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Japanese mortar assault

Heroes Remember

Japanese mortar assault

They used those knee mortars, grenade launchers or whatever they call ‘em. And I watched one hit. There was a window about so square, one of them hit one side and there was a bunch of plaster come in from that. And the next one hit the other side, and the third one came through the center. It came down and landed and dig a splinter out of the floor and went in against the wall, where I was sitting and didn't explode. I'm kinda glad of that. Anyhow, a bunch of fighting went on all day a little more or less with...and that night we got ready to move out. We moved out about midnight. I got a job as a guard on a kitchen that night. They'd cooked up all the chicken they had, I think. We had all fried chicken all over the damn place, so we had a good meal. And a chap came down a while later and he says, “I think you'd better wake up,” he said, “because they're in the third storey in the building.”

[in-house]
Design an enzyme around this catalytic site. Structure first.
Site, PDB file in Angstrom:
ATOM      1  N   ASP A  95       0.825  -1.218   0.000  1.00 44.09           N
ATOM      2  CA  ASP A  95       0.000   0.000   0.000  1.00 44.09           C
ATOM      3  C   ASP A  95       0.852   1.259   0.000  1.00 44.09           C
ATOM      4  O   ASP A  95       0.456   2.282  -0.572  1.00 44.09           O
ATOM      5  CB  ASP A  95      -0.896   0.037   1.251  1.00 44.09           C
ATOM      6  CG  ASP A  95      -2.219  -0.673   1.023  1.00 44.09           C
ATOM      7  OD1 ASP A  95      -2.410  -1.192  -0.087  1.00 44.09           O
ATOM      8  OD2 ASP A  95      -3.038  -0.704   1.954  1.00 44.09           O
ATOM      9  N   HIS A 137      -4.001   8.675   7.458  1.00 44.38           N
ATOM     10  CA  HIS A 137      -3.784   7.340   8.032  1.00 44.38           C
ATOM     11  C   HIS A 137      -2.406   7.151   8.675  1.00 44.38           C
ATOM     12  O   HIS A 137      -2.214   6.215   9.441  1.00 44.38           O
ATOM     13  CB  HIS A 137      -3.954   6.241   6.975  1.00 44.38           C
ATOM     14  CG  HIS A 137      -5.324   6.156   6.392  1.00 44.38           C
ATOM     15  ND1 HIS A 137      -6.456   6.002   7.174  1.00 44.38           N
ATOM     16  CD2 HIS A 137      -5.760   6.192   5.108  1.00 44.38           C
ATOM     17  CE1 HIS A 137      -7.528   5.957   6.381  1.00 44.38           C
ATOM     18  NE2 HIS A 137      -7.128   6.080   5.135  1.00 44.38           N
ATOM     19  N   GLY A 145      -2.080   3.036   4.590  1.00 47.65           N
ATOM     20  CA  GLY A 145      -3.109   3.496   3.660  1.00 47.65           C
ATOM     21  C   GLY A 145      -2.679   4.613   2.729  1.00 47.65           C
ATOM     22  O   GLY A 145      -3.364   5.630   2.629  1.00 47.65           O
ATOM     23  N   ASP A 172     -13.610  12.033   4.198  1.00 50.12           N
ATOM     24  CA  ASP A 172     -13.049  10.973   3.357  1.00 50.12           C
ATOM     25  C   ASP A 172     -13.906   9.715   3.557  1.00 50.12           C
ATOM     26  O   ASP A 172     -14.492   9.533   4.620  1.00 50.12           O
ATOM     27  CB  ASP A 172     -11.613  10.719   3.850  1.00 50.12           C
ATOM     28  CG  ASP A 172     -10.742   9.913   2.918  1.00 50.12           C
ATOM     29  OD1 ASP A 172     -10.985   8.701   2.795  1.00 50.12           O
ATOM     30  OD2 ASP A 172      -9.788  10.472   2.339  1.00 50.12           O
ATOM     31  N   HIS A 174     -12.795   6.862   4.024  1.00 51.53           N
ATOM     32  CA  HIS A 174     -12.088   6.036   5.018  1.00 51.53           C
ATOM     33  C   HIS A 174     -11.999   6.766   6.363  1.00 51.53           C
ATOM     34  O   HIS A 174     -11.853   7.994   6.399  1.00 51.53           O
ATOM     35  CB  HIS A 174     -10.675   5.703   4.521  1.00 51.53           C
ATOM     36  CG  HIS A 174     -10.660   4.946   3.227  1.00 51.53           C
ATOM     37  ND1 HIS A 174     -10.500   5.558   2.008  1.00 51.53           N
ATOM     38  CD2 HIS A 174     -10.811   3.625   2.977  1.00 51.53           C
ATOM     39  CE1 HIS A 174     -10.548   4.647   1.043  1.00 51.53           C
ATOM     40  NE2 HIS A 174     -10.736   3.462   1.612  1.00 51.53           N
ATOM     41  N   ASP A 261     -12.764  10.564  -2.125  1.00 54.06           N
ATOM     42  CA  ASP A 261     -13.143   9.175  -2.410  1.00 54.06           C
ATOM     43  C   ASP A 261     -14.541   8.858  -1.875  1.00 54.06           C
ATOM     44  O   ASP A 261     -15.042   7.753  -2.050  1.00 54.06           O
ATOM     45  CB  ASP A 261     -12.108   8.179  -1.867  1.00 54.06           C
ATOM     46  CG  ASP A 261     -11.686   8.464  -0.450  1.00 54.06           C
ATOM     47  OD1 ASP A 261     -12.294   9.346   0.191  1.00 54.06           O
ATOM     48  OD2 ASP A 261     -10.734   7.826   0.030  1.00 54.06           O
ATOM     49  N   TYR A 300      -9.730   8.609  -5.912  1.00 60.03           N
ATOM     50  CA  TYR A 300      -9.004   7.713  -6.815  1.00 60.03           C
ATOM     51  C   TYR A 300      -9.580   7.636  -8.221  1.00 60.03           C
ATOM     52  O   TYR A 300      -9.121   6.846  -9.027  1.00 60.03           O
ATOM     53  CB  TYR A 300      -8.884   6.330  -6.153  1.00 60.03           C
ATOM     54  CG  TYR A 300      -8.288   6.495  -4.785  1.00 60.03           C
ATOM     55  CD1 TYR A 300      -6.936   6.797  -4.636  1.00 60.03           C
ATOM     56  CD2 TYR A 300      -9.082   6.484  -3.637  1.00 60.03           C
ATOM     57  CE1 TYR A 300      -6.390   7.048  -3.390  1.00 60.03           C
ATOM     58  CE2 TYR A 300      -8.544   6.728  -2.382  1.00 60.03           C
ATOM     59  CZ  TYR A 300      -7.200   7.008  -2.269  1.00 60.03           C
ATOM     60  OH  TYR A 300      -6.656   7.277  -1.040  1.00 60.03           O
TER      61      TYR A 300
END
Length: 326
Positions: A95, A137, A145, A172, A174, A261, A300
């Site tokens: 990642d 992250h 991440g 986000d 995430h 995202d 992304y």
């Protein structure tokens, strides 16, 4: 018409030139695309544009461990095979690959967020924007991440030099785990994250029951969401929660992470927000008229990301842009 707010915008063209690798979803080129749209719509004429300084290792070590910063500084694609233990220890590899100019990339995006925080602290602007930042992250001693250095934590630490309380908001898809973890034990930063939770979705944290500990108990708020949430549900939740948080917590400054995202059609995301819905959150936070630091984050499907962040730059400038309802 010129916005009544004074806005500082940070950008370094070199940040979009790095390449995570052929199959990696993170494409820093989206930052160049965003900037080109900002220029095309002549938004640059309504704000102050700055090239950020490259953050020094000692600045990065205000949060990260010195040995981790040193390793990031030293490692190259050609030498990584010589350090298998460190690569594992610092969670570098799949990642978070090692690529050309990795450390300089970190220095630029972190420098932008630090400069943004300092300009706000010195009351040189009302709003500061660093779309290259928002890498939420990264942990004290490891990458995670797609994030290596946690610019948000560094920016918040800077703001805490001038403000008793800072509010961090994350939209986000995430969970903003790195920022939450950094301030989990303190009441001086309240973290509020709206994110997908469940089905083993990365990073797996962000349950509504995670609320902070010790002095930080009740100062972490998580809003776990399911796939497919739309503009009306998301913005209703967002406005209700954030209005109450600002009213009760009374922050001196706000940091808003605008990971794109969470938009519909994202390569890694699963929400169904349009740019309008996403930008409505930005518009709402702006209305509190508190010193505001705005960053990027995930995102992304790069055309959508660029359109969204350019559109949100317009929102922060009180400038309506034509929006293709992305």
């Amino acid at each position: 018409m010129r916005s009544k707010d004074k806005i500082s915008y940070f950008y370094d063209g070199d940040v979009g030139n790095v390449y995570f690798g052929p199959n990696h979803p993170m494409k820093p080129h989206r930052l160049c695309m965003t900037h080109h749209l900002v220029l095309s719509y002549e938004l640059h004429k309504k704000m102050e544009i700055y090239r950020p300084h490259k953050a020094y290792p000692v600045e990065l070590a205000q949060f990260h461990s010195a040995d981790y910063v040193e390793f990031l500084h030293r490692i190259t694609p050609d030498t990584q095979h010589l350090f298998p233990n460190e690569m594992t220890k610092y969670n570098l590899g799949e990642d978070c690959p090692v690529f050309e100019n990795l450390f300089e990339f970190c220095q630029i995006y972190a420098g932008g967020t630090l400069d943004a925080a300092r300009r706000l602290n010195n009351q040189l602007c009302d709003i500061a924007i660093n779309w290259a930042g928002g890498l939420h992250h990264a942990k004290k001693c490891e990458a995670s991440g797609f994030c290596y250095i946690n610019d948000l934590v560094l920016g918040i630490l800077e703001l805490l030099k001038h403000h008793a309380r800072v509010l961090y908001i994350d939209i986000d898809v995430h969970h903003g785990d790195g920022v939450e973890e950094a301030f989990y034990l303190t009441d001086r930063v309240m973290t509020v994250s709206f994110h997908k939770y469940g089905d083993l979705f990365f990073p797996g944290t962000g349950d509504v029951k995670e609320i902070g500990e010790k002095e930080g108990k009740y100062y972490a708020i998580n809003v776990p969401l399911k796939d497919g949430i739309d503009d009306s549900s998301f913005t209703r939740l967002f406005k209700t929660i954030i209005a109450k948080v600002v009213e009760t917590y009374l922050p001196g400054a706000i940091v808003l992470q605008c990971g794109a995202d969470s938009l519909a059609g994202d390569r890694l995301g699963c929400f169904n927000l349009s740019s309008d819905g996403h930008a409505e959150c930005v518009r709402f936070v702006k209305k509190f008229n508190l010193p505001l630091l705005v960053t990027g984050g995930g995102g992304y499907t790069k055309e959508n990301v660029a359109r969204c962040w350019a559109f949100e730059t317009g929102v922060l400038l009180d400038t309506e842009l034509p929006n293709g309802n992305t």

Mr. Whitman describes the Japanese zeroing in on his sentry post in a hotel, with knee mortars. The last and closest is fortunately a dud. He is restationed near the kitchen, where he has an unexpected feed of freshly cooked chicken.

Allan Whitman

Allan Whitman was born in Bridgeville, Manitoba on February 21, 1921. His father ran a general store in which he also worked. Feeling it was his duty, Mr. Whitman enlisted with the Winnipeg Grenadiers in September, 1939 and trained at Minto and Tuxedo Barracks. In Hong Kong, he fought in D Company until his capture. Mr. Whitman became ill with dysentery, and later beri-beri, the debilitating effects of which kept him in hospital in Hong Kong until the war ended.

Meta Data
Veterans Affairs Canada
Person Interviewed:
Allan Whitman
War, Conflict or Mission:
Second World War
Hong Kong
Winnipeg Grenadiers

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